This article explores the effects of cognitive and social memory theory on the quest for the historical Jesus. It is not the case that all memory is hopelessly unreliable, but it is the case that it commonly is. Memory distortion is disturbingly common, and much worse, there is no way to distinguish between memories of actual events and memories of invented events. The Gospel of Matthew was used to illustrate this very difficulty. This article also draws attention to the fact that although numerous criteria have been developed, refined and used extensively in order to distinguish between original Jesus material and later church material, those criteria have long been unsatisfactory, and most recently, because of the effects of thinking about memory theory and orality, have been revealed to be bankrupt. Since memory theory shows that people are unable to differentiate accurate memory from inaccurate and wholly invented memory, and since the traditional quest criteria do not accomplish what they were intended to, this article argues that scholarship about Jesus has been forced into a new no quest.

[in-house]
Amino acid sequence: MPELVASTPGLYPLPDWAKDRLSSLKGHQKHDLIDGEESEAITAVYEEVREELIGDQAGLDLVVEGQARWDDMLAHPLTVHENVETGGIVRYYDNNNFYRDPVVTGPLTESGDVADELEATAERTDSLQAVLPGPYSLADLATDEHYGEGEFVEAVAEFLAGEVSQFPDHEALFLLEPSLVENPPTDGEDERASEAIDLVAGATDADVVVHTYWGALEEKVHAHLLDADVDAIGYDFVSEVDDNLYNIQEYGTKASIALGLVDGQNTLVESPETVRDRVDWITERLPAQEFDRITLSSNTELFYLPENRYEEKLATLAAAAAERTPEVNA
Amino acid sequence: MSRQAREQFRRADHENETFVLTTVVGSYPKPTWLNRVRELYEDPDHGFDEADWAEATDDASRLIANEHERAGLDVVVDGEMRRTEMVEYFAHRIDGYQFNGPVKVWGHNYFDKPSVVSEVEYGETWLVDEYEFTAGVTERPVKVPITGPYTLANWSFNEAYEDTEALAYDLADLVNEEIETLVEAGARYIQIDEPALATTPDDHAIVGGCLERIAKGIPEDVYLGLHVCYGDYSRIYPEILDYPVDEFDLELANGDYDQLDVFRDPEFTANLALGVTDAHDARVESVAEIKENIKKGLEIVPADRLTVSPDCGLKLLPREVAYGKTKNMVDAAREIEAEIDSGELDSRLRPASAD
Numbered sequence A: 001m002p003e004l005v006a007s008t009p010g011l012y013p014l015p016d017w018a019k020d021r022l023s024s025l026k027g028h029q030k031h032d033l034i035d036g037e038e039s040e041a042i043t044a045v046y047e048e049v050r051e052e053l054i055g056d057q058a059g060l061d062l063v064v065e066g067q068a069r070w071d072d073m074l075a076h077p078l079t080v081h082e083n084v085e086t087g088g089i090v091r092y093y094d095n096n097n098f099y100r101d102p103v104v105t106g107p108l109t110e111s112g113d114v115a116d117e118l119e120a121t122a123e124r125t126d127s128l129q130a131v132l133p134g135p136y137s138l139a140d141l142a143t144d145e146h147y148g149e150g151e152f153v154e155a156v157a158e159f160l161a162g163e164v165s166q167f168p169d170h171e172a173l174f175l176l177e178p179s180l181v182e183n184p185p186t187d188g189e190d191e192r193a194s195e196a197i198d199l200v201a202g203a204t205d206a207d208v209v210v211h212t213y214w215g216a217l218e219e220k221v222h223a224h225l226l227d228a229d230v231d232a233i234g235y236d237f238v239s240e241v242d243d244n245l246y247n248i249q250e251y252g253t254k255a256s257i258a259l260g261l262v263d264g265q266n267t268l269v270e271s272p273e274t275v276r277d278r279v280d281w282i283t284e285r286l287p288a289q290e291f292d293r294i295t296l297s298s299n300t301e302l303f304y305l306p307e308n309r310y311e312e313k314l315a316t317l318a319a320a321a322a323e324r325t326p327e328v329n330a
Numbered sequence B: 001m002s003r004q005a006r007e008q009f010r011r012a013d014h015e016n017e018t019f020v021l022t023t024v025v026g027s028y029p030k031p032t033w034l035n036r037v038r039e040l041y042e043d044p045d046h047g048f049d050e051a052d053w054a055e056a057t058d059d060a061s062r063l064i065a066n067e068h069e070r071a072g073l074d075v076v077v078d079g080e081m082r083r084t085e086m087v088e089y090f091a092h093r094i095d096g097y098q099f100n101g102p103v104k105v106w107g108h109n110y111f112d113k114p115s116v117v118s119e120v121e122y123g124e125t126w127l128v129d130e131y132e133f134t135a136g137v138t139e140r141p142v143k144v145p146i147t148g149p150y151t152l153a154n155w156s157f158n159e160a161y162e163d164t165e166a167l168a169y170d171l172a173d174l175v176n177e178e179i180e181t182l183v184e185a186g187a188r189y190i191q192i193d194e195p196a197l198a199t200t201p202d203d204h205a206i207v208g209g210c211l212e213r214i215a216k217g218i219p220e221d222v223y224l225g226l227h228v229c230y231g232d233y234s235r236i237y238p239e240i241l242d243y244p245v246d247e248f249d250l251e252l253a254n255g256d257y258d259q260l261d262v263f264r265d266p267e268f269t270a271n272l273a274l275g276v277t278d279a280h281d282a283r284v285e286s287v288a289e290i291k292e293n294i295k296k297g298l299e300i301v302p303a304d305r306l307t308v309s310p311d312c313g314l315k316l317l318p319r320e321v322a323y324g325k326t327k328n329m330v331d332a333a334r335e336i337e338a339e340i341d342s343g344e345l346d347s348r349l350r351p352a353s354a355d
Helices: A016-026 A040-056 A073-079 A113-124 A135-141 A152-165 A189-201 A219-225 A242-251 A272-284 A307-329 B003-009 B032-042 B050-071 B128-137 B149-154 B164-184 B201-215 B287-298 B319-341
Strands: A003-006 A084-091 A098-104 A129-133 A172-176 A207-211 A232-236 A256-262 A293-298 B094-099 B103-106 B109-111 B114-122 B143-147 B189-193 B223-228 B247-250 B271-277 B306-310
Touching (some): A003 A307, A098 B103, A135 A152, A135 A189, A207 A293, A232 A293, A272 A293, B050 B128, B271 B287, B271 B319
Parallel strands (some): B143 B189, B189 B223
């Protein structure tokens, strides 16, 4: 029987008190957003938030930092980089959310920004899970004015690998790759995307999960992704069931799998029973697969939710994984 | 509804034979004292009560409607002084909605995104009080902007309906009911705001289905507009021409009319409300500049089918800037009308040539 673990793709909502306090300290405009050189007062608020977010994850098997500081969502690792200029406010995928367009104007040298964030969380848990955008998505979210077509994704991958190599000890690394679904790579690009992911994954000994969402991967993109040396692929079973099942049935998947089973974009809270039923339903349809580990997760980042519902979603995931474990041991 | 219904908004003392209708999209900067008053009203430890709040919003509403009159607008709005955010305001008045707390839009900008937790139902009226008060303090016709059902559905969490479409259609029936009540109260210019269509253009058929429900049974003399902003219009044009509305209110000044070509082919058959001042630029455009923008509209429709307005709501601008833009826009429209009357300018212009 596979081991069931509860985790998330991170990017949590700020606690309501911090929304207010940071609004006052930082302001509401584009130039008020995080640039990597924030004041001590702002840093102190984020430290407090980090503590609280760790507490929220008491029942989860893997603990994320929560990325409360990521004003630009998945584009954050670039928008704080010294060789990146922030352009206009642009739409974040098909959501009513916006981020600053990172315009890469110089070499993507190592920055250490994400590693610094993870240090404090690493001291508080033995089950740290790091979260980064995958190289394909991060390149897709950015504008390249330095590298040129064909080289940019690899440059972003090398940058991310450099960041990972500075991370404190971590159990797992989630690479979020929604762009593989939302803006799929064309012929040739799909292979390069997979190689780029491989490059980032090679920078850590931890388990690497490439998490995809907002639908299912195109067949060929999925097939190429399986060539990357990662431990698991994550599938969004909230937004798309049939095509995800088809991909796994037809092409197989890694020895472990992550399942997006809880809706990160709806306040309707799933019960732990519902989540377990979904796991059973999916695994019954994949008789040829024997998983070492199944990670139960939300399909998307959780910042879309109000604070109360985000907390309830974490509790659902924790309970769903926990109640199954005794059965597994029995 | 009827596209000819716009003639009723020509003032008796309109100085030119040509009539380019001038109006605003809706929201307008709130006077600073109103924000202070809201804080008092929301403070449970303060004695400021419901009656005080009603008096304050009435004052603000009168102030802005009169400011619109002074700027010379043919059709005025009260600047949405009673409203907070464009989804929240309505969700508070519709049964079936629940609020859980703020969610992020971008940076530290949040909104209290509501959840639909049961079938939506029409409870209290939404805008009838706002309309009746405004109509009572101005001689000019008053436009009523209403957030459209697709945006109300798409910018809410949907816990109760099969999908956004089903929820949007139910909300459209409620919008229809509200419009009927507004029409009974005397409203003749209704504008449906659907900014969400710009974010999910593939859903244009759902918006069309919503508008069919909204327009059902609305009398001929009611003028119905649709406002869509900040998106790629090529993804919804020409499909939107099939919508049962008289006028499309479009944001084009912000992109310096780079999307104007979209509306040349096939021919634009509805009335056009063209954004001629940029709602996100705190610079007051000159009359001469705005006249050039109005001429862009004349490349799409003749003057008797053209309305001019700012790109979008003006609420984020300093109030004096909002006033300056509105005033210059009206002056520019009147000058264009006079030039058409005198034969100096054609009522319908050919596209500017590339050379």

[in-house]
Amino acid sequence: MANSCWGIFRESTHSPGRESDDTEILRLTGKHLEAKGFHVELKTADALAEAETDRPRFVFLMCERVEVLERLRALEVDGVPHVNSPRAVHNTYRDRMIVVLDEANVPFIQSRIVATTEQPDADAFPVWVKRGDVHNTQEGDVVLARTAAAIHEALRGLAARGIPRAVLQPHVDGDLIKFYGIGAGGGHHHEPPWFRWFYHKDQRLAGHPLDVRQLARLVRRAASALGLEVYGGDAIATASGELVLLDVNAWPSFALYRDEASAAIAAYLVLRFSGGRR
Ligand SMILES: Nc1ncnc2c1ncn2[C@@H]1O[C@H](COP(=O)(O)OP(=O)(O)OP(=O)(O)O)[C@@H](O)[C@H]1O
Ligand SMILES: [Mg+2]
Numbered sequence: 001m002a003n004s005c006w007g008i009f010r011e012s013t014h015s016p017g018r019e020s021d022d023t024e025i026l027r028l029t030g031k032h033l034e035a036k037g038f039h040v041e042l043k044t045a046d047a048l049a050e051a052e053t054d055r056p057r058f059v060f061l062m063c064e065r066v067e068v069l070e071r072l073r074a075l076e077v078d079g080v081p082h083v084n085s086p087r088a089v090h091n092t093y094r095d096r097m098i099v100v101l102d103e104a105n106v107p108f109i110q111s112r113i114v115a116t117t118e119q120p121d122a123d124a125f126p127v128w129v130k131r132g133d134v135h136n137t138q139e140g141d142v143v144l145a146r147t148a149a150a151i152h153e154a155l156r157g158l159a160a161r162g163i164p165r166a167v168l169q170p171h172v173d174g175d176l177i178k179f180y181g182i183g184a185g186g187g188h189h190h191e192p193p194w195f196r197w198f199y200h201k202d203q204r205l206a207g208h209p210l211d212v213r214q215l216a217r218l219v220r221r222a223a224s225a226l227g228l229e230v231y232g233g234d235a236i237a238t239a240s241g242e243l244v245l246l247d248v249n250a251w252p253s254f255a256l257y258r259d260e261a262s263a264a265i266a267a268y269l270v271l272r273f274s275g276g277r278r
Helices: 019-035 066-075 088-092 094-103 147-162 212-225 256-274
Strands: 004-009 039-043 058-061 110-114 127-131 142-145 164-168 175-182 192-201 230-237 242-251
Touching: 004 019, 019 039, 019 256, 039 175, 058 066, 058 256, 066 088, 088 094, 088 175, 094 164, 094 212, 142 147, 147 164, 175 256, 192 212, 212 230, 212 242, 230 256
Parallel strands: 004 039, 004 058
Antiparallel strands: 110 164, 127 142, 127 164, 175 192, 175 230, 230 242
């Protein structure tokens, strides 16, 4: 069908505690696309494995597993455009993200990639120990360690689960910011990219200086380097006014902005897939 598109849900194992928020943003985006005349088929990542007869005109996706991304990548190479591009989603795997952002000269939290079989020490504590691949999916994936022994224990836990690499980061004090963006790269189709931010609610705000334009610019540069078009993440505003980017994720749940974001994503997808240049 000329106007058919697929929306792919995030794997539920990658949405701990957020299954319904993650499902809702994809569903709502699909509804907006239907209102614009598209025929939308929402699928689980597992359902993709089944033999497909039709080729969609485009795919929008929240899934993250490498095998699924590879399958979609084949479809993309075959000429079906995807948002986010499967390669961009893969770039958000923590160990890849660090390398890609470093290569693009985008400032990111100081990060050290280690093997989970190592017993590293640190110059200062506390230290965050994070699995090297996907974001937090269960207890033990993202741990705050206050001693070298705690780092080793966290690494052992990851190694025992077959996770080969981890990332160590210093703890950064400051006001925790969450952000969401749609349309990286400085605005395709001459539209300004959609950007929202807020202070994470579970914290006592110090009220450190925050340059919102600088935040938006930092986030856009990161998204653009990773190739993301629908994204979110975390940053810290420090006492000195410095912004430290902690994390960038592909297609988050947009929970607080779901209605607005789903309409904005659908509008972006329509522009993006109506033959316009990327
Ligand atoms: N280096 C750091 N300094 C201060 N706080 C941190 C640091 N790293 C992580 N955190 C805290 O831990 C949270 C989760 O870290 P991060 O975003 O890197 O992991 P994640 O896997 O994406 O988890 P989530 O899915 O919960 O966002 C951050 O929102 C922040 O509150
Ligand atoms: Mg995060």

Additional Metadata
Persistent URL dx.doi.org/10.4102/hts.v70i1.2716
Journal HTS Teologiese Studies / Theological Studies
Citation
Crook, Z. (2014). Matthew, memory theory and the new no quest. HTS Teologiese Studies / Theological Studies, 70(1). doi:10.4102/hts.v70i1.2716